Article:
It's funny how, when you look back at things, you realize how influential certain elements of your past were in deciding who you became in the future. I went to a pretty atypical high school. As part of the graduation requirements, every senior had to complete a senior project, with a set number of required observation and practical hours, based on a topic of your own choosing which would theoretically relate to your own interests. Many kids hated the senior project, with more then a few either faking their way through it, or doing the bare minimum and complaining the entire time. I was on the exact polar opposite of the spectrum.
I've always been sort of the independent learner type. By the time my senior year rolled around, and everyone began planning for their college majors and their futures after that, I had no idea what I wanted to do. I'd been proficient in tech and web design since jr high, and those things came naturally to me. I had also taken up photography as a hobby the year prior, and had a natural knack for it. But music was also a huge passion, and I'd been trying (and failing) to write a musical since my sophomore year. Instead of picking just one of these paths for my senior project, I decided to incorporate all three. The plan was to write a musical, build a web site to market it, and stage a professional photo shoot to have publicity materials. Just one of these three things would have been a senior project in its own right (and I got four 100's and a 99 on the judging panel because of it), but I didn't care. I wanted to do it all, and if the senior project was supposed to help you figure out what you would do in the future, I assumed that I'd have picked a definitive path by the end of the ordeal.
Nope. Wrong. Completely wrong. By the time my senior year ended, I still wanted to do it all. I ended up turning down a slew of college admissions from around the country to stay local and complete my general ed's at a community college, since I figured I'd probably switch majors a few times anyway. When it came time to transfer, I eventually settled on the Communication program at UCSD, which much unlike its name, is more of a build-your-own interdisciplinary major than it is a stereotypical "social life" communications major that most schools offer. At some point in those four years, I officially turned into a "professional photographer," though I took on web design contracts on the side. I started doing portrait, event, and commercial work, picking up weddings on the side. All the while, I had gone through four (or so) more iterations of the musical I had began writing my sophomore year of high school, the first draft of which became my senior project, and which had slowly morphed into a more contemporary orchestral work for the screen instead of the stage. And in my free time, I started going out into the backcountry to teach myself how to do night photography, which really doesn't stand a chance for future monetary prospects.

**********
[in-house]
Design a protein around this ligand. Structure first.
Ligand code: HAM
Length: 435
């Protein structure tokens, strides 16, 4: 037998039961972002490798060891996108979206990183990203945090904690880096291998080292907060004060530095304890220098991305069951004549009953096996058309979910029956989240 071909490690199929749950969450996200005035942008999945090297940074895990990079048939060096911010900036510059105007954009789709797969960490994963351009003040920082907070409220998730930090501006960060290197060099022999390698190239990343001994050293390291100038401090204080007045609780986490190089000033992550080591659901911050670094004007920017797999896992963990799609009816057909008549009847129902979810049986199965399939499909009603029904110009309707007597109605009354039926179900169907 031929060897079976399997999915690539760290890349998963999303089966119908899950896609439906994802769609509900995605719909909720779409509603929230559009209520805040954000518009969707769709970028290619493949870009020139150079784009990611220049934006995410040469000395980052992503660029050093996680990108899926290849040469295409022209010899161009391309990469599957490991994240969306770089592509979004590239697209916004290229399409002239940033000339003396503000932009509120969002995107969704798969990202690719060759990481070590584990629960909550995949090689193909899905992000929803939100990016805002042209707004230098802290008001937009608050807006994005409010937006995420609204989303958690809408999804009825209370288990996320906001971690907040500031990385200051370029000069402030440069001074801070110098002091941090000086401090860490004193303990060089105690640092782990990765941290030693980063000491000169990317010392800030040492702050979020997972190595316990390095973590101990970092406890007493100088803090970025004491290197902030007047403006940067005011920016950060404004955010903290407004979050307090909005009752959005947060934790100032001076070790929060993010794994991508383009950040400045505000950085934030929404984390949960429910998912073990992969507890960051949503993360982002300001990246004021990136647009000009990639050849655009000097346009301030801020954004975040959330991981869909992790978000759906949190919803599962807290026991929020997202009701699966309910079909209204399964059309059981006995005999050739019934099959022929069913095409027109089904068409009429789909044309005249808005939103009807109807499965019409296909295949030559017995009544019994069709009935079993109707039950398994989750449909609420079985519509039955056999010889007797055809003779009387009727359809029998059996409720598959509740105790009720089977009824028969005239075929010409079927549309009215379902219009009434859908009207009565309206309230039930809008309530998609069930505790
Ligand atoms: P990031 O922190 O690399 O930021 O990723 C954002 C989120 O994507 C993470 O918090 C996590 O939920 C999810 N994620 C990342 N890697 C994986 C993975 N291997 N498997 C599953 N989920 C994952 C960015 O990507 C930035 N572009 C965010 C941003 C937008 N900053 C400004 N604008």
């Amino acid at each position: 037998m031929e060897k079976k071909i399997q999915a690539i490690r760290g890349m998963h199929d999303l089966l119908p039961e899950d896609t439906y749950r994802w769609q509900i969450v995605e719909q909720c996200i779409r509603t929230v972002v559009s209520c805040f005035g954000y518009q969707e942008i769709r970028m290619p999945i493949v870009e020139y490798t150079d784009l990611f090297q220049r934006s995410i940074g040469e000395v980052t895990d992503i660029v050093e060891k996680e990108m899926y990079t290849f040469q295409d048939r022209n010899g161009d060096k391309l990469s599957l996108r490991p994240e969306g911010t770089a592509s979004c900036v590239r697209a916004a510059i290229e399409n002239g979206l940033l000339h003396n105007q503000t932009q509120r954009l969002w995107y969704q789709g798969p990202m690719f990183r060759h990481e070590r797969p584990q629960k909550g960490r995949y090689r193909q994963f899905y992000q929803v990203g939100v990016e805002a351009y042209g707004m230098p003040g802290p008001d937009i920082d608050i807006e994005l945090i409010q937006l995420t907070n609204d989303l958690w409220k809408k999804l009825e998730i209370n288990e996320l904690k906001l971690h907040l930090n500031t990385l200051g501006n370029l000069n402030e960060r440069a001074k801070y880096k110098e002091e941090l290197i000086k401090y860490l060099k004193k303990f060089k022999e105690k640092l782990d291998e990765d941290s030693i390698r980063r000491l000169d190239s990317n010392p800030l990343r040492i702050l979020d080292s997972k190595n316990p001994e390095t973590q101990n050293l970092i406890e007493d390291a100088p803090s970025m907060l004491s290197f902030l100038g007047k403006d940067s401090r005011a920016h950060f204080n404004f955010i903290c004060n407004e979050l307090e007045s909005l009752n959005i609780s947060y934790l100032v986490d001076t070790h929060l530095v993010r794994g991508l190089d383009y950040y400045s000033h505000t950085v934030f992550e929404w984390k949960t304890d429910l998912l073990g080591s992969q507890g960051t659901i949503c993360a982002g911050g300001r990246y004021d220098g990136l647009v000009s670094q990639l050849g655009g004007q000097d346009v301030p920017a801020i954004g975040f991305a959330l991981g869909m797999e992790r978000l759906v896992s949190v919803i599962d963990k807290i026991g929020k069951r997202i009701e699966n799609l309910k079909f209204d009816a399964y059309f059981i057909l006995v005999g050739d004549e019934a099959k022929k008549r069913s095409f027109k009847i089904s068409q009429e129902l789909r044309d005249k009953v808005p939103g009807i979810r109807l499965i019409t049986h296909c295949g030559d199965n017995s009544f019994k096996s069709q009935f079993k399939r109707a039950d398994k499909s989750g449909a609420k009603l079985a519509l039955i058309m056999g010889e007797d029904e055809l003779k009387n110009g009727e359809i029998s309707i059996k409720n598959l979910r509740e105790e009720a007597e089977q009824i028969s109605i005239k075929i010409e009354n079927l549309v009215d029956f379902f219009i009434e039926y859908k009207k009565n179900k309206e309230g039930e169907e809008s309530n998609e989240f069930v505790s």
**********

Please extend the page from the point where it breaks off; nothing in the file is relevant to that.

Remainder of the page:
So here we are at my current dilemma--How the heck am I supposed to market myself? I've needed to order new business cards for at least three months now, but I've yet to figure out what to put on them. My last batch omitted all trace of profession, merely stating my name, email, phone number, and website. The iteration before that had "Photographer, Composer, and Web Designer." Even that wasn't too accurate. Depending on which site you visit, most "About Me" lines I've written have a combination of some of the following: Photographer, cinematographer, composer, musician, vocalist, web designer, designer, videographer, web author, computer repair. The list goes on. It also doesn't help that I've spun off GTB Media to brand my purely commercial work under. Where the heck do I fit that on the card?
At the end of the day, things aren't so bad. Granted, freelancing has its quirks, and it's hardly the dream that most would-be-freelancers imagine it would be. But even without advertising, I make enough via word-of-mouth opportunities to pay the bills (granted, I've got a place to stay here in Southern California for the time being, which helps minimize costs significantly). But when it comes to marketing oneself, the most invaluable thing I've learned is simply that: Go market yourself. Don't try to formulate a specific trajectory for your business ventures and aspirations. Rather, be upfront about what it is you do, and why it is you do it. There's a niche for just about every combination of skills under the sun, even if a specific project or client only utilizes one or two of the many things you do. Would it be nice to settle down and focus on one aspect of my business? Sure, I guess. But I've also been in situations where a photography client, for example, has chosen me over the competition simply because they thought it was cool that I also write musicals. And who knows? Maybe someday, some random big shot producer will be in need of a photographer/composer/web designer to work on a bizarre project, and I'll be just the man for the job!